The great film director Howard Hawks once said that "A good movie has three great scenes and no bad ones." Lately, I've taken to pondering how this sentiment might apply to video games.
When I think about big cinematic games like God of War, Resident Evil 4, Call of Duty 4, and Metal Gear Solid 4 (damn, that's a lot of games with "4" in the title), I think the formula holds. These are all games that, for me anyway, never really had any bad parts, and had at least three great segments that really stand out in my memory. I can still vividly recall fighting the giant hydra, clashing knives with Krauser, getting hit by a nuclear blast wave, and riding a motorcycle through an eastern European city. I'm a sucker for games that give me only a few amazing moments, even if the rest of the game never rises above being merely not bad.
This probably explains why Call of Duty: World at War didn't do a whole lot for me. I only played through about half the game, but at no point did it ever seem to rise above or fall below the level of good. None of it seemed bad by any stretch, but none of it felt truly great either. Come to think of it, the same goes for Far Cry 2.
By now, I'm sure that most people reading this are starting to mentally poke holes in my argument, and that's fine. One might ask how this formula applies to something like Tetris or Burnout. Well, the answer is that it doesn't. In fact, the more we start branching into games without large narratives or big boss fights, the more the whole three great scenes and no bad ones standard starts to break down (or for games maybe it should be three great levels/boss fights/etc?). Games are too diverse, and they can't be painted with a single brush. But I think it makes a lot of sense when we're talking about those big cinematic games like the ones I mentioned above. I don't think those types of games are ever going away, and I really believe that great moments make great games.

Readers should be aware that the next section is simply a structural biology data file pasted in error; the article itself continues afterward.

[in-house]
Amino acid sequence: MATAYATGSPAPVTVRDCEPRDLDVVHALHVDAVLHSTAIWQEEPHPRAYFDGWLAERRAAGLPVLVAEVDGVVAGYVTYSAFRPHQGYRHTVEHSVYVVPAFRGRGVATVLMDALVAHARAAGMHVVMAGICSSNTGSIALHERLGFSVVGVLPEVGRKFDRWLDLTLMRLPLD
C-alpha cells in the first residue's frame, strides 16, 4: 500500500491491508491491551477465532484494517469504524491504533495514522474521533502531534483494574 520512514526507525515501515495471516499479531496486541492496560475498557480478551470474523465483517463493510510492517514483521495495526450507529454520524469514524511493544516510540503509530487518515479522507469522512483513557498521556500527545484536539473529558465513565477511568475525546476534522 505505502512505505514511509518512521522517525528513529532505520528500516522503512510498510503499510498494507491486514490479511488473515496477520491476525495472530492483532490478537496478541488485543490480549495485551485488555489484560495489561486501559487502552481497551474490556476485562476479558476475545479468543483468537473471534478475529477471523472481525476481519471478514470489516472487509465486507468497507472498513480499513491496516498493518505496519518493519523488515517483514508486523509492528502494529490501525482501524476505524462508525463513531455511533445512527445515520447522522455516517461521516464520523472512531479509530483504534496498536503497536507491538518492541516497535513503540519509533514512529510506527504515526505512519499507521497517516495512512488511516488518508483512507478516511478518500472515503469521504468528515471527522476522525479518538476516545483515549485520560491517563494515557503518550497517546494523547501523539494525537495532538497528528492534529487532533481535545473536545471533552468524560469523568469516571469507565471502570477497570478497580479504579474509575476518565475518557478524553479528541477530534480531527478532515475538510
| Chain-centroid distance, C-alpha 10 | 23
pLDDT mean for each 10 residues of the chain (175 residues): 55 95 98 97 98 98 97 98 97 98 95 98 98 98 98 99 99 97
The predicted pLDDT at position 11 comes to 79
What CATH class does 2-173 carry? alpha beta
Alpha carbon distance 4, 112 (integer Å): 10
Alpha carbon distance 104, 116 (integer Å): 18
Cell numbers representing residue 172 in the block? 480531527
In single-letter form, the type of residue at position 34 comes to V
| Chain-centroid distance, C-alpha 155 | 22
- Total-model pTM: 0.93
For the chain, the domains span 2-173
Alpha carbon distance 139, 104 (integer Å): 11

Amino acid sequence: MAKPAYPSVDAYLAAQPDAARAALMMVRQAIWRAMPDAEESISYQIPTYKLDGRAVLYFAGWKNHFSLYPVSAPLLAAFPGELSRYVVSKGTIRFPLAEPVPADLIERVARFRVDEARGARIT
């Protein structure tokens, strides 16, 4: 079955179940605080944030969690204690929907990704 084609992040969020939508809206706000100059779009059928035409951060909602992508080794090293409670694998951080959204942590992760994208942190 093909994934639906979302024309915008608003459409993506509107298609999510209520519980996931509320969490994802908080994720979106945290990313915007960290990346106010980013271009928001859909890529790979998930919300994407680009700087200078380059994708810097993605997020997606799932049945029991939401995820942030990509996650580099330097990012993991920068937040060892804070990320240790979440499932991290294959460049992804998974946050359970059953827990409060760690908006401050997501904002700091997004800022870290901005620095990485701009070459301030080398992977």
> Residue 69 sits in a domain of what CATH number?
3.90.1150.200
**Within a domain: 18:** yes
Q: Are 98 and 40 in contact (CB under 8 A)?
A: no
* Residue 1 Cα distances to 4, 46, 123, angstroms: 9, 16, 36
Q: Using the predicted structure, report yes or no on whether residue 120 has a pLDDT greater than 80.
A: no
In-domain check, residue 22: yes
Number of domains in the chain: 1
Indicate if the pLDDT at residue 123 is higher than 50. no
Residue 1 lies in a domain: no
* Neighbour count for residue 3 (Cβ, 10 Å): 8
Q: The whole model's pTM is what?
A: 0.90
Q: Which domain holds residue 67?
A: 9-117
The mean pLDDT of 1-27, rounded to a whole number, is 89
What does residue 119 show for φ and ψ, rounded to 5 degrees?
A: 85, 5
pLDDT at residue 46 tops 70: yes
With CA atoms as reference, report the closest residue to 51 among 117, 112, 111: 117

So what are some of the greatest moments in games? And do any of them come from games that were otherwise just okay or perhaps even bad? Is it better to have a so-so game with a few outstanding parts? Or is it better to have a game that's consistently good, but never great?
Latest posts by Brandon Erickson (see all)
- My favorite games of 2009 - December 12, 2009
- On letting go of a rare and impractical piece of videogame memorabilia - April 30, 2009
- Killzone 2: Can amazing looks make up for an utter lack of personality? - March 11, 2009